Today is the deciding run-off vote in the French presidential election, pitting nationalist bigot Marine Le Pen against centrist newcomer Emmanuel Macron.
All indications point to Macron winning against the opponent he dubbed "the high priestess of fear." And while shocks such as the one delivered in this country Nov. 8 are in the realm of possibility, smart money says the French, though also dissatisfied with politicians, are not willing to leap suicidally out of the European Union, like the Brits, nor hand their country over to foaming demagogues, as the United States has done.
They can learn from us. The hope of Americans learning from the French is a dicier proposition. We don't look abroad for answers much, and when we do, we tend to limit our thinking and cherry pick our points, as this column from nearly a decade ago reminds us. Notice the foreshadowing of this week's health care debacle.
LE JOUR DE ENERGIE ATOMIQUE EST ARRIVE !
Holding two thoughts in your head can be a challenge. I know -- I can't tell you how many times I've put out the flag because it's a federal holiday, then later wondered when the mail would show up, before making the connection -- oh yeah, federal holiday, no mail.
At least the two thoughts collide, eventually. Some people, there just isn't room for a pair. They can hold tight to one idea, if they concentrate, but should a second concept arrive, well, the first one slips from grasp and is lost.
Sunday, I wrote about nuclear power, about how John McCain, when he could force himself to pause from damning Barack Obama as a socialist, said he would build 45 nuclear reactors and put the waste, well, somewhere.
That seemed to me to be highly unrealistic, and struck a friend in the nuclear industry as "crazy." We couldn't build that many reactors.
Readers, needless to say, rallied behind the infinite capacity of the United States to do anything, in theory.
"So Neil, France could do it but the United States can't?" a reader wrote. "We can't do something the French can?"
In a word? No, we can't. Yes, France has 59 nuclear reactors generating 87 percent of its electricity. But France is -- prepare yourself for a bad word! -- a socialist state. The French electric utility, Electricite de France, was nationalized in 1946, and while shares were offered for public sale a few years back, the government still owns 85 percent of the nation's nuclear power plants.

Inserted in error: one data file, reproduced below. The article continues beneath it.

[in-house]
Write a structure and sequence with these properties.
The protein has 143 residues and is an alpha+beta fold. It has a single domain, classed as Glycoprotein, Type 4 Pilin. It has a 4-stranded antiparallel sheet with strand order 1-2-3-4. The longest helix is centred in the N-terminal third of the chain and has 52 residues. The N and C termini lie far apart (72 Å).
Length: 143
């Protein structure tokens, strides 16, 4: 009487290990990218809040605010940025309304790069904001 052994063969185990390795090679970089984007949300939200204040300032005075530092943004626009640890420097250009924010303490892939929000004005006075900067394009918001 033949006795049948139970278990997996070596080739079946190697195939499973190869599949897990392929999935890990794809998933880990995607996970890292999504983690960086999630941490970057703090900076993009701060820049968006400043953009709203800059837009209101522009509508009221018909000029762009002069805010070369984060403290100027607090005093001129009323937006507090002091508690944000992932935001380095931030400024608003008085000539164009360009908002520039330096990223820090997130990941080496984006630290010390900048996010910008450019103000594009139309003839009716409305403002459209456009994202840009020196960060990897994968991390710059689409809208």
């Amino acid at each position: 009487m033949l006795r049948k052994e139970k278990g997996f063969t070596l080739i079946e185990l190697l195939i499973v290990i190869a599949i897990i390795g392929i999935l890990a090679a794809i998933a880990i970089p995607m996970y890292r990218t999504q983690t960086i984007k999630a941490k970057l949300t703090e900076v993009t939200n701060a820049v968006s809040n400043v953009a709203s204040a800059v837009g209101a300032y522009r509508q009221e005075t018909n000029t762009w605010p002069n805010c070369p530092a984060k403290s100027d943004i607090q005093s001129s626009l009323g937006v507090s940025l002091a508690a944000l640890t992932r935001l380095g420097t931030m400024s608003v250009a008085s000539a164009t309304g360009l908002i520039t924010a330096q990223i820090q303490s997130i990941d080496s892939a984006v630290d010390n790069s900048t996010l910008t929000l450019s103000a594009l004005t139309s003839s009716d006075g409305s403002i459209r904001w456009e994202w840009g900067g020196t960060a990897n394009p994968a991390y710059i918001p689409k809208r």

So nuclear power works -- in socialist France. But we hate socialism, remember? It might as well be terrorism, to hear how the Republicans throw the word around, no further elaboration necessary. Although we didn't seem to hate it when we were nationalizing banks and mortgage lenders a few weeks back.
"This 'can't do' attitude of yours stinks," the reader continued. "The United States has done anything it has set its mind to. We walked on the moon in less than 10 years after JFK proposed it."
Again, that was the government. The moon landing was another socialist boondoggle, right up there with Canadian health care. And the 'can't do' attitude isn't mine; it belongs to those who -- rather unpatriotically, in my mind -- believe our government is inherently bad and must be starved to death until it improves.
It's people like John McCain who damn, for instance, any government effort to fix our tragically deficient health care system as "socialist" out of one corner of their mouths while simultaneously proposing grand, expensive new government energy endeavors out of the other. (It's a very selective habit -- farm subsidies? God's given right. Safety standards? The intrusive hand of Big Brother).
The French -- as the reader accused me of believing -- are not "better than us." But like all Europeans, and most industrialized countries for that matter, they understand that certain areas, such as roads, nuclear power and health care, are the duty of government.
France not only tops the world when it comes to generating nuclear power. It also has the sixth-lowest infant mortality rate -- 3.3 deaths per 1,000 live births. The United States is 29th in infant mortality, tied with Poland and Slovakia, with 6.7 deaths, twice France's average.
And in case you think that means the United States is twice as good as France, please go back and re-read the preceding paragraph, slowly. Or ask a friend to talk you through it before writing to me.
TODAY'S CHUCKLE . . .
Did you notice my restraint when dealing with the French? I was bearing in mind, as Napoleon said, "the French complain of everything and always." But let's end with Robert Morley, who sums it up perfectly:
The French are a logical people, which is one reason the English dislike them so intensely. The other is that they own France, a country which we have always judged to be much too good for them.
—Originally published in the Sun-Times, Oct. 20, 2008